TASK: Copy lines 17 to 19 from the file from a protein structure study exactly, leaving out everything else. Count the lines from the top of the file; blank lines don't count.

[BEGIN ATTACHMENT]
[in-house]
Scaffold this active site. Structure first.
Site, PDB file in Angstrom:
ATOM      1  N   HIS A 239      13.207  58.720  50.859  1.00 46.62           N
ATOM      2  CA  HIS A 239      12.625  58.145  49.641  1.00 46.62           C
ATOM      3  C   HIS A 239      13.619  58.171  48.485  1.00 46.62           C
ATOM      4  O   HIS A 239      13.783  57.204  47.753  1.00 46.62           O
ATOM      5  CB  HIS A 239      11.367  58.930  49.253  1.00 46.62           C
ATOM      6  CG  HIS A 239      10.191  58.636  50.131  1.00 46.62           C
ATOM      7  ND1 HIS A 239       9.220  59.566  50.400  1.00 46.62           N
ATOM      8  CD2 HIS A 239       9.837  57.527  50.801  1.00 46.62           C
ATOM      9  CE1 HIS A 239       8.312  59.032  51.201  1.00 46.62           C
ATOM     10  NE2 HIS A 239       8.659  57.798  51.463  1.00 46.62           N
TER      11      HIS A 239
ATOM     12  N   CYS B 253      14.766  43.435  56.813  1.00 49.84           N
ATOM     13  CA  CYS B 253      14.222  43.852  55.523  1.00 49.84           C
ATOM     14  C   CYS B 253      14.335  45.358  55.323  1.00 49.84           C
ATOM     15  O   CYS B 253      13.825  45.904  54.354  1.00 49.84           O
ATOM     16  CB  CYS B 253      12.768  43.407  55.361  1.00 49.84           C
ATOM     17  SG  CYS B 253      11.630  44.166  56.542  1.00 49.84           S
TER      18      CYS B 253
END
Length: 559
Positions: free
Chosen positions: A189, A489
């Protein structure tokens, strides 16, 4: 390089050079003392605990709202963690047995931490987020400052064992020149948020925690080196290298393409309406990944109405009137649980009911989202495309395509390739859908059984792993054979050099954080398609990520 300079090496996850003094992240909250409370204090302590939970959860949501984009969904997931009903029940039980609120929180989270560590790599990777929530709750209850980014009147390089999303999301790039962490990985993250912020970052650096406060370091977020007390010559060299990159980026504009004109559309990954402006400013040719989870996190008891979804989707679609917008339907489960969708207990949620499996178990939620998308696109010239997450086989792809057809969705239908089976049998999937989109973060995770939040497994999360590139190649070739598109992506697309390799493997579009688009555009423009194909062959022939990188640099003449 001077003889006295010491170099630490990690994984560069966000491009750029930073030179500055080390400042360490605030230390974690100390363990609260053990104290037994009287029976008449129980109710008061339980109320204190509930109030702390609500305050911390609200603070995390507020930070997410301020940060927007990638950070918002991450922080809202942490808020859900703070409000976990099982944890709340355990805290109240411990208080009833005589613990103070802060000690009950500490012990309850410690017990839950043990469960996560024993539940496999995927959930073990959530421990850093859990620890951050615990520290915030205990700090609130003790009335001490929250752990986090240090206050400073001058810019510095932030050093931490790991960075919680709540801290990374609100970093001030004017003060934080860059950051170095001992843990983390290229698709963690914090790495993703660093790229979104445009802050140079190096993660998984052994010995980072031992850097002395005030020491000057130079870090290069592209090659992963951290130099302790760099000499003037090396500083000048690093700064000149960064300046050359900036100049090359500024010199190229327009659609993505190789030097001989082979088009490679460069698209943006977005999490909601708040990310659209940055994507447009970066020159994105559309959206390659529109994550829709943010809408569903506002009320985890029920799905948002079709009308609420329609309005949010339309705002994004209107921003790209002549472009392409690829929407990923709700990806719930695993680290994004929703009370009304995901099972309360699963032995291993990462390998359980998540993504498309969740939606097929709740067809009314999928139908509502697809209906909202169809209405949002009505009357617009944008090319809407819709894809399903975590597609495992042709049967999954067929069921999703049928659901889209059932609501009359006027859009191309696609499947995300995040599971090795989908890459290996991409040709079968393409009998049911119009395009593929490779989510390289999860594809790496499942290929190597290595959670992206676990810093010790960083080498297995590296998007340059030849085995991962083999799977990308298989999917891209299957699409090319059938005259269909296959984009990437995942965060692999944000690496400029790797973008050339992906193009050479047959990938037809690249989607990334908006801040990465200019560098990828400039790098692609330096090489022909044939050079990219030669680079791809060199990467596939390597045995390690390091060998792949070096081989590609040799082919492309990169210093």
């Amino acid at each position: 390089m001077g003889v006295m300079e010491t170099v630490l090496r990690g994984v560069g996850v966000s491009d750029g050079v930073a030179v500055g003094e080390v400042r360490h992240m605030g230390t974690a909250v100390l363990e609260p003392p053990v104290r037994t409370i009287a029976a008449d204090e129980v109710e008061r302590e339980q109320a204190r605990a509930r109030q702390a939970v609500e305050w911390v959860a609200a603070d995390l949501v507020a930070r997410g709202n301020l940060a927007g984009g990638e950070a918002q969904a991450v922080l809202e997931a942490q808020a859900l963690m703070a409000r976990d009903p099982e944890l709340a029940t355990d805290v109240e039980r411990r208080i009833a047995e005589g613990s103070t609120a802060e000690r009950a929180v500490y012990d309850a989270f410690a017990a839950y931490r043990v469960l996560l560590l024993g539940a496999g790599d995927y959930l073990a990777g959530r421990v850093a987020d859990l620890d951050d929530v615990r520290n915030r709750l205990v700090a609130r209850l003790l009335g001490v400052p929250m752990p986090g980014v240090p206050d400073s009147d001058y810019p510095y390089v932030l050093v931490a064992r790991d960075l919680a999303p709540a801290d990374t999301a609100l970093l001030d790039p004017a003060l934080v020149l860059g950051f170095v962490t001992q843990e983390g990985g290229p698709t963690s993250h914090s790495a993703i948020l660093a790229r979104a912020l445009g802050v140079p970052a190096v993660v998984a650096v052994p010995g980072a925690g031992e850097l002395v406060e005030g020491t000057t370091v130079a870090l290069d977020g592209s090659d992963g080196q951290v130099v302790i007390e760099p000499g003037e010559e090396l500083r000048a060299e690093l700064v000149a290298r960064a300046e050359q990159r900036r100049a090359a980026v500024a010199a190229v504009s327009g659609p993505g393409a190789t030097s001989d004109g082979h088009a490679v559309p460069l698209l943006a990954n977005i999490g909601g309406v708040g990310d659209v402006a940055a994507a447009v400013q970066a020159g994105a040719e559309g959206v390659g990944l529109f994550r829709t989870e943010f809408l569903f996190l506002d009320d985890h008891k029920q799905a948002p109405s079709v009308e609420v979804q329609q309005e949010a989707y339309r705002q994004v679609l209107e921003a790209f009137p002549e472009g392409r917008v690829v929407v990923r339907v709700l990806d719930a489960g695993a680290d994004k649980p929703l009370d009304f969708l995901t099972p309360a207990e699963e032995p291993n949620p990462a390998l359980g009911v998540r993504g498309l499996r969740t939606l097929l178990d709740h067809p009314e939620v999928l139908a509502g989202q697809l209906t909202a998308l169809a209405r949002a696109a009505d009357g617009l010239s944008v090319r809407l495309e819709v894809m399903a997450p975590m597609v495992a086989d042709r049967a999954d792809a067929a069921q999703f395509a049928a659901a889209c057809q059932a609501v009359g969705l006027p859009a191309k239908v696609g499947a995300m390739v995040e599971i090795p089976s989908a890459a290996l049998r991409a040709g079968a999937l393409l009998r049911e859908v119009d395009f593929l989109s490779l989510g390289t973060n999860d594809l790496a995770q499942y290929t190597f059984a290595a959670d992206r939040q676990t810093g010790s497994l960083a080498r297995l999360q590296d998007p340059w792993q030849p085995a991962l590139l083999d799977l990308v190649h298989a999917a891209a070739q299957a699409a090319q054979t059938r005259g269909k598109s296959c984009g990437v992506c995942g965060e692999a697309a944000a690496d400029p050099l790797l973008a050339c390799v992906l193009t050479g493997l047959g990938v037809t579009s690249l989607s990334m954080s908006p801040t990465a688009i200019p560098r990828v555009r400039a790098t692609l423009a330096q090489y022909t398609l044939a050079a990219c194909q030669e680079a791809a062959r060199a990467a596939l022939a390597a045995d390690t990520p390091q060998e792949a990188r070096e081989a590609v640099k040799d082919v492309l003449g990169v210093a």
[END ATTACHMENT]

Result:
ATOM     14  C   CYS B 253      14.335  45.358  55.323  1.00 49.84           C
ATOM     15  O   CYS B 253      13.825  45.904  54.354  1.00 49.84           O
ATOM     16  CB  CYS B 253      12.768  43.407  55.361  1.00 49.84           C